Some Highlights of Truro, Nova Scotia in 1903

Street View, Truro (Image: McLeod, Markland or Nova Scotia)

Before I leave my grandmother Velma’s high school years behind as she enters Dalhousie University in the fall of 1915, I’ll share a few details about the town of Truro, where the high school she attended, Colchester County Academy, was located. My source for these details is Markland Or Nova Scotia: Its History, Natural Resources, and Native Beauties, by Robert Randall McLeod. Published in 1903, Markland Or Nova Scotia is the work of another of those obscure nineteenth-century historians in whose prose I take such delight.

Truro was about thirty-four miles from the Moore farm in Economy Point, so it was necessary for Velma to stay with her father’s sister, Addie Moore, when school was in session, returning to the farm in the summer.

When Velma entered high school in 1910, living in town would have been quite different from living on the farm. As McLeod’s history tells us:

Streets, dwellings, and stores are lighted by electricity. There are eleven churches and two superior hotels.1

. . . .

Quite a number of manufactories are in successful operation. There is the Truro Foundry Company, the Truro Knitting Mills Company, the Truro Condensed Milk and Creamery Company.

This town is also a railway center of considerable importance, being on the Intercolonial Line, also the point of departure for Pictou and all points in Cape Breton. Recently, the Hants Central Railway has been opened to Truro, and it will doubtless add not a little to the business importance of the place.2

As for Colchester County Academy itself, “[it] is a credit to the town, and its equipments are of a high order. . . . The academy has a good laboratory and is well-equipped with apparatus for scientific work.”3 Velma was well-served by the academy’s laboratory and faculty, as they provided her with the foundation needed to later pursue a university degree in biology. Opportunities for cultural experiences would also have been available to her in Truro: “A Conservatory of Music is among the later institutions of the town, and is reported to be in a flourishing condition.”4

Architect’s Rendering of Colchester County Academy, 1902 (Image: Annual Report of the Superintendent of Education of the Public Schools of Nova Scotia, 1902)

Another of Truro’s attractions was Victoria Park, with which McLeod was obviously very taken:

I have before me an elaborate description wherein the writer can hardly keep his feet for the tendency to take flight. Here too at my hand are half-tone views of rustic summer loveliness as they were caught by the camera, and they fill me with “longings for spring.” Here are driveways following cycloidal sweeps of a curve system that has delved under the sheltering hillside, where it frets the roots of ancient trees, and gets itself tented under their friendly branches.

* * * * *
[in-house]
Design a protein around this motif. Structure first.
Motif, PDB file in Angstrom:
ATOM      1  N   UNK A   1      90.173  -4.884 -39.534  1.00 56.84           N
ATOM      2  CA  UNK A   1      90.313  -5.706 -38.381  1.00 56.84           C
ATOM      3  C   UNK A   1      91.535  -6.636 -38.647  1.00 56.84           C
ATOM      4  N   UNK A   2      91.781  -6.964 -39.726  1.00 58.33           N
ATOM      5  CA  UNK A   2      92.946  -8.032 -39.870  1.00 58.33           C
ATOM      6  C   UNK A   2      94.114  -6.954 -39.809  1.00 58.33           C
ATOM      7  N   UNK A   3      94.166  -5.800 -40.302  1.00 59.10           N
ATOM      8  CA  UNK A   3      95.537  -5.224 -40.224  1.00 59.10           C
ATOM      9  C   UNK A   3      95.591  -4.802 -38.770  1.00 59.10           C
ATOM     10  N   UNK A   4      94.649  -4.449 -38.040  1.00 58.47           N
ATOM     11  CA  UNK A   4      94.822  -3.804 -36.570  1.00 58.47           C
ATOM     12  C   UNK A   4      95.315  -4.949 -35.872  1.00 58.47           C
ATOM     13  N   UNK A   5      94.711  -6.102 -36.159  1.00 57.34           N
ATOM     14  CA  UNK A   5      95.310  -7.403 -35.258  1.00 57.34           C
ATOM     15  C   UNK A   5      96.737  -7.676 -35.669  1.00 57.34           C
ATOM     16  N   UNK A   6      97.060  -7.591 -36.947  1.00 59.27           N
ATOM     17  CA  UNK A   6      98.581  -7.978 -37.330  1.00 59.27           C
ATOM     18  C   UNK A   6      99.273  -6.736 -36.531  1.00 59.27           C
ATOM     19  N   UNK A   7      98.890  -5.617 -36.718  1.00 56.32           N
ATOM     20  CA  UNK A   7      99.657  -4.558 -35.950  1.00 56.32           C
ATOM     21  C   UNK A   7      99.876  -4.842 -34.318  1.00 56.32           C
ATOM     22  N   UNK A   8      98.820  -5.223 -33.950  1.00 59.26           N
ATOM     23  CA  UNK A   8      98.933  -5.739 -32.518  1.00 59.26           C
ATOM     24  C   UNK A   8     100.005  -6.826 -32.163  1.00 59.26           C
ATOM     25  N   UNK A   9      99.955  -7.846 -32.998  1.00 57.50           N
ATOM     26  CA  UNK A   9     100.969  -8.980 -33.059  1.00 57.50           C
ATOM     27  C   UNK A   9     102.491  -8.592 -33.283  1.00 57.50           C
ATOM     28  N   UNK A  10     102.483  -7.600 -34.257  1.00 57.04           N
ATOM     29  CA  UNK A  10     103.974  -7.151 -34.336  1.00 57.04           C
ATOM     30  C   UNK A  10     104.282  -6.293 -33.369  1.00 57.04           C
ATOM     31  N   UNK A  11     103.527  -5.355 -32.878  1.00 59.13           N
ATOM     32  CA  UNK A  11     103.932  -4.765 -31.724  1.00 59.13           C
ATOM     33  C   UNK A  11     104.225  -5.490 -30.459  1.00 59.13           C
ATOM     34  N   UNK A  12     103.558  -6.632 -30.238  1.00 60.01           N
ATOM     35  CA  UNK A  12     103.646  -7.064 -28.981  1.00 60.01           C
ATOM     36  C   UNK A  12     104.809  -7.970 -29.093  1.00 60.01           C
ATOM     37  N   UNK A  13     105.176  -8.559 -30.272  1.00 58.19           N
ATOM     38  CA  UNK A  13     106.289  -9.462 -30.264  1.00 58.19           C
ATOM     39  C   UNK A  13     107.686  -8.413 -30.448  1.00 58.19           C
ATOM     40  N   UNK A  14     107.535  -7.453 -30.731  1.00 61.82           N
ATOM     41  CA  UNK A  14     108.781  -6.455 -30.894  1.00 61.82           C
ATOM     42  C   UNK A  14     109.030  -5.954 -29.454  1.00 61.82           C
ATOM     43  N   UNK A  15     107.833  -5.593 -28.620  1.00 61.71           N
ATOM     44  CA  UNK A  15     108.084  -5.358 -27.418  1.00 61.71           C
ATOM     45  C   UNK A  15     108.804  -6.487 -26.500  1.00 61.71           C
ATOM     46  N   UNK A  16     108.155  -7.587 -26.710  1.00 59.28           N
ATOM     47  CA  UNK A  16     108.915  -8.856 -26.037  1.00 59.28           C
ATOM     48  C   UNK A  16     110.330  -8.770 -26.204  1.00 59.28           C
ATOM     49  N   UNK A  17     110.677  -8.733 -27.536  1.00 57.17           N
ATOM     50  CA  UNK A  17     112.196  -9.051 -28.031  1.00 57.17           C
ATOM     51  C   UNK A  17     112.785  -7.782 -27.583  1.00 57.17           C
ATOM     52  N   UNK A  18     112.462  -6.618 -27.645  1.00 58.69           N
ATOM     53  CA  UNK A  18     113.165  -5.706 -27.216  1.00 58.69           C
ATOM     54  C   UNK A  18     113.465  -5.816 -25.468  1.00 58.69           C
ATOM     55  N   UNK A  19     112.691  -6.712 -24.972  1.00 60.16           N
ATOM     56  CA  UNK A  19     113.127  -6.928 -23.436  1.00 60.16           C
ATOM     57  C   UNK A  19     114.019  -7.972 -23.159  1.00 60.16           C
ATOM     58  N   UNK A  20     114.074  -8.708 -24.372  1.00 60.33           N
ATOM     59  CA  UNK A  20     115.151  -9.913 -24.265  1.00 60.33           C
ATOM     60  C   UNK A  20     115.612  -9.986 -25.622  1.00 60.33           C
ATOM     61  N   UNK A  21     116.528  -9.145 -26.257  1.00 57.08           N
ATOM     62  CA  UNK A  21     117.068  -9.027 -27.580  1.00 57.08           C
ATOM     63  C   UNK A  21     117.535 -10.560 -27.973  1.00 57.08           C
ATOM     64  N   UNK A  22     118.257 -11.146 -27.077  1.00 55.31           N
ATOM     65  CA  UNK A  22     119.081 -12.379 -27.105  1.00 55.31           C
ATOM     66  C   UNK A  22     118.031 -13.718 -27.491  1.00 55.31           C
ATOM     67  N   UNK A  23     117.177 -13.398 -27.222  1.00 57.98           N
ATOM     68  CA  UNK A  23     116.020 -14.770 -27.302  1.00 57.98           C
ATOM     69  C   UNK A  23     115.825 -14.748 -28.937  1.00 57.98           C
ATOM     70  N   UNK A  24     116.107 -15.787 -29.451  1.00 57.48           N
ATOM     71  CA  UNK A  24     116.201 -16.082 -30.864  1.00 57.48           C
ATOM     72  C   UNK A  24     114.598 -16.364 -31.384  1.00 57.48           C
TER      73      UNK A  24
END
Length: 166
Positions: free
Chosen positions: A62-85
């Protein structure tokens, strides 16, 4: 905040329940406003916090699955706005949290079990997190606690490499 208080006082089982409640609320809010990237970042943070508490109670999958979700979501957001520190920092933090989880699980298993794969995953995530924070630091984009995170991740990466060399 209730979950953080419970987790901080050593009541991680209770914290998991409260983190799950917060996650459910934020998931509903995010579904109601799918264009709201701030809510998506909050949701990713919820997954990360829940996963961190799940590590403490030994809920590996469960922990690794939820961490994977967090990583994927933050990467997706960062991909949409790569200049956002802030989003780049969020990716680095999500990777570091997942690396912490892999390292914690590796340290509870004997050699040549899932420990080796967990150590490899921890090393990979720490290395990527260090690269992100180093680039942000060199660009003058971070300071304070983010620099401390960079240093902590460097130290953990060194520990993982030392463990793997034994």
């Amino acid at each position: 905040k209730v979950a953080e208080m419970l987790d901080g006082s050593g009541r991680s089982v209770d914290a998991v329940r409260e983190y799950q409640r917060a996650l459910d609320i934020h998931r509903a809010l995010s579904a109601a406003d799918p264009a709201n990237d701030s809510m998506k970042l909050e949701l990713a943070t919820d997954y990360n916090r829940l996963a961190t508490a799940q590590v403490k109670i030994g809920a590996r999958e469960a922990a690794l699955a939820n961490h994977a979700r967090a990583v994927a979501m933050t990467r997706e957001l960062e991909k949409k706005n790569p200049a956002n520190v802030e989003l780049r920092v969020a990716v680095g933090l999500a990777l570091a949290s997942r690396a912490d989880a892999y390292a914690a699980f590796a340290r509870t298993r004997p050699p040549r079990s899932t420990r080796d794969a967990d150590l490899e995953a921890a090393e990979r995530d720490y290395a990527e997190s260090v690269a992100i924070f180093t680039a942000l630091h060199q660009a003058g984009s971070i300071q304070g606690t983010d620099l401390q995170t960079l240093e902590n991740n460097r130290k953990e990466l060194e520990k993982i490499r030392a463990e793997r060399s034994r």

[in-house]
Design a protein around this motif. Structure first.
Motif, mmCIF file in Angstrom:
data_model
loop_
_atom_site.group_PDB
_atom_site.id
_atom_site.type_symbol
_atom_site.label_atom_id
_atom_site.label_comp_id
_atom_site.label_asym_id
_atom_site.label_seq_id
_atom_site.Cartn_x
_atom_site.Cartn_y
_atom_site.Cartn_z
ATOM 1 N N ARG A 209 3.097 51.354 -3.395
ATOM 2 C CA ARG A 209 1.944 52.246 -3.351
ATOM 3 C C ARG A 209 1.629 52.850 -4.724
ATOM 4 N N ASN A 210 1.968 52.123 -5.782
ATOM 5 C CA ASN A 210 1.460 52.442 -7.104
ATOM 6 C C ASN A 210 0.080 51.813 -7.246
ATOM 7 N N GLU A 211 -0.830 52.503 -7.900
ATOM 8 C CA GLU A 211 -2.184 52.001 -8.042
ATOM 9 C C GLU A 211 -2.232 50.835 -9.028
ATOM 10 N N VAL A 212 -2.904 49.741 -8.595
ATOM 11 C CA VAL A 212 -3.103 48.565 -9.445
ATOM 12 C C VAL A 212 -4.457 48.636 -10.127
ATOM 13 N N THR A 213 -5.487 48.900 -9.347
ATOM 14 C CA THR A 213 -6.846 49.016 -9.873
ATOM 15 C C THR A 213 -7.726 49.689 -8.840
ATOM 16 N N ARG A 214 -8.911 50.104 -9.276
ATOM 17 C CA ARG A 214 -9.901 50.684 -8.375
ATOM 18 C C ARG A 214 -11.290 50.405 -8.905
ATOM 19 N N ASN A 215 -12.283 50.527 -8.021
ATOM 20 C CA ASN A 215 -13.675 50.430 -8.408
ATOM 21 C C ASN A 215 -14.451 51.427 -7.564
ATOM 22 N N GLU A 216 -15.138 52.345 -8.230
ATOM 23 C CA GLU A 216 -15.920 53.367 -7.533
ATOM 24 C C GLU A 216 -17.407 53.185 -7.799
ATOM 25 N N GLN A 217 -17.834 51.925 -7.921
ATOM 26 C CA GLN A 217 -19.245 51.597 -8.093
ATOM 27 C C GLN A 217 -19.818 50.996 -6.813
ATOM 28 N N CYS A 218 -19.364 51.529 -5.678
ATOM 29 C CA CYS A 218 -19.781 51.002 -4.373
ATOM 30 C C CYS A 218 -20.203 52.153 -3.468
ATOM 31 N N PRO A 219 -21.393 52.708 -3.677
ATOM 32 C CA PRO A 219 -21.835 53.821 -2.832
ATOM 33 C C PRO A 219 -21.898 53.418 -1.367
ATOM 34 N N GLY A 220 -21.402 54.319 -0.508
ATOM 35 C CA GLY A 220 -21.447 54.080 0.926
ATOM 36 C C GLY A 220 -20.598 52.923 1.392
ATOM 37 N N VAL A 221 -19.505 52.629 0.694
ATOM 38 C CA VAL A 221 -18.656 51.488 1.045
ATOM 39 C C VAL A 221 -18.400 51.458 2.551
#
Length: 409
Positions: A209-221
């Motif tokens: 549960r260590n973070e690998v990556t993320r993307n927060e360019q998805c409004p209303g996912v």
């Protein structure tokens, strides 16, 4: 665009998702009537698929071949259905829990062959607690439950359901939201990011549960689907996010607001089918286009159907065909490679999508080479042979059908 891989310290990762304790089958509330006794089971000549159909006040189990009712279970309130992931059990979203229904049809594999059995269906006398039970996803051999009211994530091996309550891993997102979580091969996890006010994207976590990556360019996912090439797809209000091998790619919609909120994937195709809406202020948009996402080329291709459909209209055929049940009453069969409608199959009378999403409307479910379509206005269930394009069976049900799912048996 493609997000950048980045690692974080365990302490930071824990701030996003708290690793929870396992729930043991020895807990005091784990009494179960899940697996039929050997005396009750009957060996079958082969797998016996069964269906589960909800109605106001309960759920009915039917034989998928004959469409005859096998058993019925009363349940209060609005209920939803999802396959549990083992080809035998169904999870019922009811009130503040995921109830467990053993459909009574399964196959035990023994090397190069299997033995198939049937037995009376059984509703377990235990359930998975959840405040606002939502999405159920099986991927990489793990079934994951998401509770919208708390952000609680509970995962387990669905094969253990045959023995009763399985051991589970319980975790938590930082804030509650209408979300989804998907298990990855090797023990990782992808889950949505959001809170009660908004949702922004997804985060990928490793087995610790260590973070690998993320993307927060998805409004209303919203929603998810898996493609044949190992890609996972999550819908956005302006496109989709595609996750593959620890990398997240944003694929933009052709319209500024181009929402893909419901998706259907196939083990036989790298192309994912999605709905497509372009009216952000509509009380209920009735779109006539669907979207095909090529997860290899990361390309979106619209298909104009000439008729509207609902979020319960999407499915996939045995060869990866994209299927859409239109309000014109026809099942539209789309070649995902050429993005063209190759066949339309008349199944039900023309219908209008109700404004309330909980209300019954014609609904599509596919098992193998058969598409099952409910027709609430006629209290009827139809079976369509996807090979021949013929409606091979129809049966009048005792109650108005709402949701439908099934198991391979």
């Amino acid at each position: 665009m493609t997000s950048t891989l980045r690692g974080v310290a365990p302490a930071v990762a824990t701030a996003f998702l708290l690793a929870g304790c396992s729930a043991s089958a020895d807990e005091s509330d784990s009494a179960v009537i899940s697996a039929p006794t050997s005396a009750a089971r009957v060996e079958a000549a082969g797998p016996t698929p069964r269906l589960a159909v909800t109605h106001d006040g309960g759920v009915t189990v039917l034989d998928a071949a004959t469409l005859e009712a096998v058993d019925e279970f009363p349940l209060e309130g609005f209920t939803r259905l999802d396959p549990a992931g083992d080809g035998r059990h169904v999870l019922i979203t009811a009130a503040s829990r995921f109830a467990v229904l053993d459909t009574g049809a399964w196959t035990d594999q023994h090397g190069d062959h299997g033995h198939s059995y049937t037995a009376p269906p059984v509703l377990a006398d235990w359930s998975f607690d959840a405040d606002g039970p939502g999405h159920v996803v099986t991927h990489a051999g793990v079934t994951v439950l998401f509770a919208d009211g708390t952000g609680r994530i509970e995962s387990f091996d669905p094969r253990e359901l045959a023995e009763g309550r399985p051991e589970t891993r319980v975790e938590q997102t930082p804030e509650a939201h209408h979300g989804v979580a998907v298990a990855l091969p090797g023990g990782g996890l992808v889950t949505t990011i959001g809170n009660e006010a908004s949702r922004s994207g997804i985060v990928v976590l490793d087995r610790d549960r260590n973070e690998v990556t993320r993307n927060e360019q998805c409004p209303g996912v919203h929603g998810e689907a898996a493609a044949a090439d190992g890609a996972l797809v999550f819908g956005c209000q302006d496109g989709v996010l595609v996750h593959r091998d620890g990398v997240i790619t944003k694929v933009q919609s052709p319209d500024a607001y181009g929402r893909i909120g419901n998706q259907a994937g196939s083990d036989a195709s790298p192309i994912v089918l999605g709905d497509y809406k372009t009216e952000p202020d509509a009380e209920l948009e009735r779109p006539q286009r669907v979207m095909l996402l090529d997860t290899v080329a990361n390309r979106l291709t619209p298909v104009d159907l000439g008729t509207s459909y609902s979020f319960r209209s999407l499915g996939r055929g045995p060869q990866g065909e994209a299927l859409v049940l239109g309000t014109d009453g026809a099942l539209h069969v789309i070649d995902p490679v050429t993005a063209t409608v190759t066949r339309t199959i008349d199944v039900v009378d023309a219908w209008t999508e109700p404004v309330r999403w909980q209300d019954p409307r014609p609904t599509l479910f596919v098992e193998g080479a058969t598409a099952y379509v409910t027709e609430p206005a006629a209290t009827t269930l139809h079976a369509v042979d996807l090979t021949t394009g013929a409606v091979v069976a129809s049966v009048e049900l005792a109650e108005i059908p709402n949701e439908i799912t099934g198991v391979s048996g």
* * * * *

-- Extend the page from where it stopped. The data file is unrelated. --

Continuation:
It is very evident that the spell of the place is on me also, and to stop while I can is prudent.5

Image: McLeod, Markland or Nova Scotia

Image: McLeod, Markland or Nova Scotia

Before I return McLeod’s virtual dusty tome to its proper place in the Google Books stacks, I must give him credit for the following digression on his way to discussing the founding fathers of the town–which echoes the genealogist’s lament:

Alas that the mothers are so often overlooked in the records of people, and often in the written lives of illustrious sons. John Stuart Mill wrote his life and never once mentioned his mother, who was a worthy woman, and did more for him than his father, whom he never tires of admiring.6

Image: McLeod, Markland or Nova Scotia

1Robert Randall McLeod, Markland or Nova Scotia: Its History, Natural Resources and Native Beauties (Toronto: Markland Publishing Company, 1903), 326.
2McLeod, Markland or Nova, 327.
3McLeod, Markland or Nova, 327.
4McLeod, Markland or Nova, 326.
5McLeod, Markland or Nova, 326.
6McLeod, Markland or Nova, 327.

A Nice Surprise from the Colchester Historeum Archives!

I mentioned in my last post that the archivist I had contacted at the Colchester Historeum e-mailed me information from my grandmother Velma Moore’s high school yearbook that I didn’t know, including scans of the relevant pages. Here is what she sent me:


This was my first e-mail inquiry to an archivist, and I was thrilled with the result!

I learned that Velma graduated at the top of her class and was awarded a bursary to help with her educational expenses when she entered Dalhousie University the following school year. In addition, I now have the title of her high school yearbook, as well as the names and faces for some of the teachers she would have had.